Staff Publications

Staff Publications

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    'Staff publications' is the digital repository of Wageningen University & Research

    'Staff publications' contains references to publications authored by Wageningen University staff from 1976 onward.

    Publications authored by the staff of the Research Institutes are available from 1995 onwards.

    Full text documents are added when available. The database is updated daily and currently holds about 240,000 items, of which 72,000 in open access.

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Record number 450758
Title The Architecture of Post-National European Contract Law from a Phenomenological Perspective - a Question of Institutions
Author(s) Purnhagen, K.
Source The Rabel Journal of Comparative and International Private Law (2013). - ISSN 0033-7250 - p. 592 - 619.
Department(s) Law Group
WASS
Publication type Refereed Article in a scientific journal
Publication year 2013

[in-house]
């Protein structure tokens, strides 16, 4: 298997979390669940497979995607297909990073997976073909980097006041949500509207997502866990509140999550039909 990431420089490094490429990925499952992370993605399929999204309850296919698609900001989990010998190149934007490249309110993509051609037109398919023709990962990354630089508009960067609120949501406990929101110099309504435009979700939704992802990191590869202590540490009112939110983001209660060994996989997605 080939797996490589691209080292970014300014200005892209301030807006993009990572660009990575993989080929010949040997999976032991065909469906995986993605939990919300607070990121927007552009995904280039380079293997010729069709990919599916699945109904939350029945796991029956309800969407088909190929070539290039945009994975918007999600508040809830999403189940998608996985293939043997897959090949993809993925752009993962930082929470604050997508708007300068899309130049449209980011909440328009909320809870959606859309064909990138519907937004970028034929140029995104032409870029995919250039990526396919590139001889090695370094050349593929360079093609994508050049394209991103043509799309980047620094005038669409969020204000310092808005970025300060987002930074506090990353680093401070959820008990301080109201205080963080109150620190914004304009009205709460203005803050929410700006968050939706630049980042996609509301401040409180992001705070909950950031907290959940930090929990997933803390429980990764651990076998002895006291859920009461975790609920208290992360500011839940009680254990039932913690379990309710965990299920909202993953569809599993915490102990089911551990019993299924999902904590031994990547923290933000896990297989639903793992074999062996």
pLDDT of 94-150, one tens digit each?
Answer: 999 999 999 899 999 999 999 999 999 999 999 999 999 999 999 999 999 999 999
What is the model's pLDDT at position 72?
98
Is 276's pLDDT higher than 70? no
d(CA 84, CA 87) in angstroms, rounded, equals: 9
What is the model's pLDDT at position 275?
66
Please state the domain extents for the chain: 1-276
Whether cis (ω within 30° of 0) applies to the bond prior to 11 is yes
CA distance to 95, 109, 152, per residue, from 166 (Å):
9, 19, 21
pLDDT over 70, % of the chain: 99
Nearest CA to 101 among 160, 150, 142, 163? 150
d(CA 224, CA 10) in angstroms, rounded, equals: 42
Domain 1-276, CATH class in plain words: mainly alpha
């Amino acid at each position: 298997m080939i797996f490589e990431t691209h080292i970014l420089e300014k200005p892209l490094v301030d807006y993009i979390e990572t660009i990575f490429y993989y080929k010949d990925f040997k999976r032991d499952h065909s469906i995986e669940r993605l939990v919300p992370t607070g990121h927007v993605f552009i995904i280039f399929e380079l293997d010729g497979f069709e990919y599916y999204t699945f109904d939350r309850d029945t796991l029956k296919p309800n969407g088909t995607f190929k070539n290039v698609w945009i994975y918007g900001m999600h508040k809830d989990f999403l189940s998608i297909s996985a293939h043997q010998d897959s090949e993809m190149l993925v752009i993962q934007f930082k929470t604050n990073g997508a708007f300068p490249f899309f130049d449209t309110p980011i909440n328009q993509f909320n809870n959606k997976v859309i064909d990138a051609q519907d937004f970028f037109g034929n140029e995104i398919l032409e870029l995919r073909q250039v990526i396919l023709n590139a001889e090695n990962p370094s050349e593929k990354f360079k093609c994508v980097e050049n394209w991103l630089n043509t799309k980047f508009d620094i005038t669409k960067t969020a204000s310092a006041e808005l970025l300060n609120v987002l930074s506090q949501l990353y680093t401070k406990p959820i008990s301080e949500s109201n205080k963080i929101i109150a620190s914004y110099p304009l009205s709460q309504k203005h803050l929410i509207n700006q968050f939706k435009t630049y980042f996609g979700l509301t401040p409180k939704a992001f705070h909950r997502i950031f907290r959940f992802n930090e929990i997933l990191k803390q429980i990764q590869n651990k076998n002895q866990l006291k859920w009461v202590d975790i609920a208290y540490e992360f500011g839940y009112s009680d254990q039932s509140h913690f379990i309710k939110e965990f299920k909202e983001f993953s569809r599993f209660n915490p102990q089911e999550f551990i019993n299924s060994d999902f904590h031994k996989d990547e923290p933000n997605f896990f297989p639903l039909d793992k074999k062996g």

Abstract Post-national European contract law consists of rulemaking that affects the superstructure and infrastructure of contract law. To view European contract law through the criteria of the superstructure and infrastructure of contracts provides us with a possibility to understand that the struggle about the colour of European contract law follows two trains: The first is a struggle about the determination of values and principles underlying European contract law. The second is about the adequate reflexion of these values in the infrastructure by the respective legal institutions in the superstructure. I will argue that the infrastructure of post-national European contract law consists of traditional party-determined values and new values that are independent from the respective parties and thereby determined by other “players”. The only value that convincingly qualifies as ‘post national’ value is the one of market-creation. These non-party determined values also influence the superstructure of European contract law. In addition to the traditional private law institutes, which may be detected by comparative research of existing national private law, the superstructure then also requires the implementation of institutes that respond to and are measured against these new values. Each and every legal provision in the superstructure of European contract law hence needs to be tested against its suitability to create and govern markets, thereby responding to the challenges created by the accession into the age of market-states. European contract law is hence a question of institutional analysis.
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